CNN Center, the cable network's Atlanta headquarters, came under attack Friday night during protests over police brutality sparked by the death of an unarmed black man in Minneapolis. A largely peaceful demonstration erupted first in vandalism, then in violence. Cops used pepper spray, and then some in the crowd were seen smashing windows and defacing the giant CNN sign with spray-paint.
To the editor: I like what columnist Jonah Goldberg has to say about Joe Biden's potential picks for vice president, yet I disagree with his assessment of former Georgia gubernatorial candidate Stacey Abrams. Abrams is a winner. Maybe it behooves Goldberg to take a second look at Abrams and her qualifications.
Some victims of childhood sex abuse who are considering suing the Boy Scouts of America face a choice: an anguished rush to meet a deadline earlier than what lawmakers intended, or wait and sue local councils, perhaps putting them at greater risk of losing. Attorneys for the Scouts and victims agreed during federal bankruptcy proceedings this month on a Nov. 16 deadline by which victims must come forward with a claim or be barred from bringing one later, with the victims' lawyers seeking a cutoff in December and the Boy Scouts pushing for October. New Jersey, New York, California and a few other states loosened their statute of limitations last year.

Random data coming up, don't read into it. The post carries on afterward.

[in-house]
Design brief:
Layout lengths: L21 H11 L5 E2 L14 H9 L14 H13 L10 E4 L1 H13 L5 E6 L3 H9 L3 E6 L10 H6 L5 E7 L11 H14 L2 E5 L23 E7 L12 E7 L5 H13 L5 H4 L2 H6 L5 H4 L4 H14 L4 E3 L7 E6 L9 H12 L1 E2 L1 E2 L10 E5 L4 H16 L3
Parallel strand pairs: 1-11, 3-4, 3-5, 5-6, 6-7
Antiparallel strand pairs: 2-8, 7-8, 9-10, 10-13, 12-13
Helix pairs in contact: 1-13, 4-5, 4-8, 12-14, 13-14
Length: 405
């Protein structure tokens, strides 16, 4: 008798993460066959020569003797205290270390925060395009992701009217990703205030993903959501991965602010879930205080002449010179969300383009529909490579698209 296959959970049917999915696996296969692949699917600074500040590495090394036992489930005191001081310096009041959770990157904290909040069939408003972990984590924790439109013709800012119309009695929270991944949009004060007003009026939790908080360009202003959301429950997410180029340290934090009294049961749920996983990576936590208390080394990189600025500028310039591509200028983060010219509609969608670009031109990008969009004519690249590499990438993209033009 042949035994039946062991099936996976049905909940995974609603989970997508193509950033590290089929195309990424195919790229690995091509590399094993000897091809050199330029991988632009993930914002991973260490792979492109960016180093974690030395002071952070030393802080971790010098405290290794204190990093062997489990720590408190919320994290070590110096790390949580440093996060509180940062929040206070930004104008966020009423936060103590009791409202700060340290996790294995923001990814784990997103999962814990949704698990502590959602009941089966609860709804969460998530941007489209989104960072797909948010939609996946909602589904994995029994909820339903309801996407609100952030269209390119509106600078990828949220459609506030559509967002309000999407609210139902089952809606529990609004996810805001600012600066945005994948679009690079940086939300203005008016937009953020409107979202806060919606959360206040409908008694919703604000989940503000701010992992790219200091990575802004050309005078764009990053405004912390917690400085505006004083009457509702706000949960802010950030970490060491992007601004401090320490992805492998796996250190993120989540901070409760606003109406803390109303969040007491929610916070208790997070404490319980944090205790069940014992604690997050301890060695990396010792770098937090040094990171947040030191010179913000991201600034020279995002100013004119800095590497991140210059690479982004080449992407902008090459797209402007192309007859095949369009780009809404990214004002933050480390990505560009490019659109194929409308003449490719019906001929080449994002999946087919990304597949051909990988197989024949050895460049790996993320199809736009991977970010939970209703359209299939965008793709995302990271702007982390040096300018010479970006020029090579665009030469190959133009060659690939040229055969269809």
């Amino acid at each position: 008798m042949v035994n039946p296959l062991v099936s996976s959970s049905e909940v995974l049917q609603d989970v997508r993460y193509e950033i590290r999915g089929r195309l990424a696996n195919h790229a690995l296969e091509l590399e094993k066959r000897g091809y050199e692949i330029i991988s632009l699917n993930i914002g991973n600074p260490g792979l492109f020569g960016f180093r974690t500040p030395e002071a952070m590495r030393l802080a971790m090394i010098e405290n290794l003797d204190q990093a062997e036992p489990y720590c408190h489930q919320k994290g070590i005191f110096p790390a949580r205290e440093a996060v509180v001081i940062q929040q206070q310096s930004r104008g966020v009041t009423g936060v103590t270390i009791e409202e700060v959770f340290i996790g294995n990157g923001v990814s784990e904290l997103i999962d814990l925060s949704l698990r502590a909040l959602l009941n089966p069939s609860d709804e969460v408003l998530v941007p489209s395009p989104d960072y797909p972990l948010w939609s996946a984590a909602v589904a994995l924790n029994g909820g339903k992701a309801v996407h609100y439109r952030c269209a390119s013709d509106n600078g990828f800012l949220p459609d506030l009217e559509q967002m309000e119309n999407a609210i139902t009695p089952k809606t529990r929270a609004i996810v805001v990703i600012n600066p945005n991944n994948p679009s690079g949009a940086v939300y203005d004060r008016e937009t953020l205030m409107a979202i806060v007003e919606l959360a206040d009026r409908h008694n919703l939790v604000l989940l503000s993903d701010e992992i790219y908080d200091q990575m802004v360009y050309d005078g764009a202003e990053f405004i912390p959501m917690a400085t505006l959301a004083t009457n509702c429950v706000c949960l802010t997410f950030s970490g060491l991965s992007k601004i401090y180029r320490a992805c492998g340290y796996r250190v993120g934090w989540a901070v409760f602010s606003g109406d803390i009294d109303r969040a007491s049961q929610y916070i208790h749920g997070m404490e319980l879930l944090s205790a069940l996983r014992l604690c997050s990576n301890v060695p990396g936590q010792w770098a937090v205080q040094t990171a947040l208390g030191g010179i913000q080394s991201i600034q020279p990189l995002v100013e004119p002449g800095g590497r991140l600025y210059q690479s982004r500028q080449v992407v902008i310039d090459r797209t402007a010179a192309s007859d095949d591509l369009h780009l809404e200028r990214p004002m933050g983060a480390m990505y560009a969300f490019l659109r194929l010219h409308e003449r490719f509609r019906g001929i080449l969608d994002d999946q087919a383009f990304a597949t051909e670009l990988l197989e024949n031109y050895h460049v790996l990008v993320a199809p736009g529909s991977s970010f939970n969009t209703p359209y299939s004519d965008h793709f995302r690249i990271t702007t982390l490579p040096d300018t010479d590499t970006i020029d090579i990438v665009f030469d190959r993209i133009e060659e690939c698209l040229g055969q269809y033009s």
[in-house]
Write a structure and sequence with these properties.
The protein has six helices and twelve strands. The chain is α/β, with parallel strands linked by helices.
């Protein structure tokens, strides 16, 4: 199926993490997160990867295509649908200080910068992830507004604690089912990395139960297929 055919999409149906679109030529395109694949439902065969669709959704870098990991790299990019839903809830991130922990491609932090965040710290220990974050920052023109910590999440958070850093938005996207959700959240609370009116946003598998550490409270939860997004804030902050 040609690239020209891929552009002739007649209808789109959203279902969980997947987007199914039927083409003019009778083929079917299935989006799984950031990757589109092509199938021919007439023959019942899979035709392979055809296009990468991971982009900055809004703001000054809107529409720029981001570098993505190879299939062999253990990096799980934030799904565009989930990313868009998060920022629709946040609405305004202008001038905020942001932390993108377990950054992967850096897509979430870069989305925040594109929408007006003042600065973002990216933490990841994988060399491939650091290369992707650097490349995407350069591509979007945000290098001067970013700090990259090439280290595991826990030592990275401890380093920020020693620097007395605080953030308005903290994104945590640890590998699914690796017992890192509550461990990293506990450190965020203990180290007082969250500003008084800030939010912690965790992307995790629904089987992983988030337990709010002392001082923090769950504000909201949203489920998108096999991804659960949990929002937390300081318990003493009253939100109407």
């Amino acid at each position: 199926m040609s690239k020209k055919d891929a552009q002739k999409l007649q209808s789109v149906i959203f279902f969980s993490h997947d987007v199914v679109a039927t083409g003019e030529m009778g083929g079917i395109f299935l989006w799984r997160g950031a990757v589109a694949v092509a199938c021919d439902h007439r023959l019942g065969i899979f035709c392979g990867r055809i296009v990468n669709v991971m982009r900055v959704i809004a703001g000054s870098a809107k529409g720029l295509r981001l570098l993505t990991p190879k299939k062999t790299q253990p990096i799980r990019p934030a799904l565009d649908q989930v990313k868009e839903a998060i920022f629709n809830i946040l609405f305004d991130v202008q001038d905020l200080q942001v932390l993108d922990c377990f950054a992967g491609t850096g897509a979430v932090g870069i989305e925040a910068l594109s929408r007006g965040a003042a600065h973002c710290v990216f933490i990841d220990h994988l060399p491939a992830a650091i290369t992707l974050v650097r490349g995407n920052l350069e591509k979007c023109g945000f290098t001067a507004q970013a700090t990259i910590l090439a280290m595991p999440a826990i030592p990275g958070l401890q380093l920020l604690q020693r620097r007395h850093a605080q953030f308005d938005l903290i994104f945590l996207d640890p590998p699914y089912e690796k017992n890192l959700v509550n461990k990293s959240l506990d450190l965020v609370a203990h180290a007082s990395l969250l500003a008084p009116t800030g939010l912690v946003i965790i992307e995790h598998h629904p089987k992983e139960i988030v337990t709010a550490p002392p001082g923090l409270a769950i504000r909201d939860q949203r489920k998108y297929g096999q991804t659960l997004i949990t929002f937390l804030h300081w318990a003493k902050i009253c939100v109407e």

Israeli police in annexed east Jerusalem on Saturday shot dead a disabled Palestinian they mistakenly thought was armed with a pistol, prompting furious condemnation from the Palestinians. The incident happened in the alleys of the walled Old City near Lions' Gate, an access point mainly used by Palestinians. "Police units on patrol there spotted a suspect with a suspicious object that looked like a pistol," an Israeli police statement said.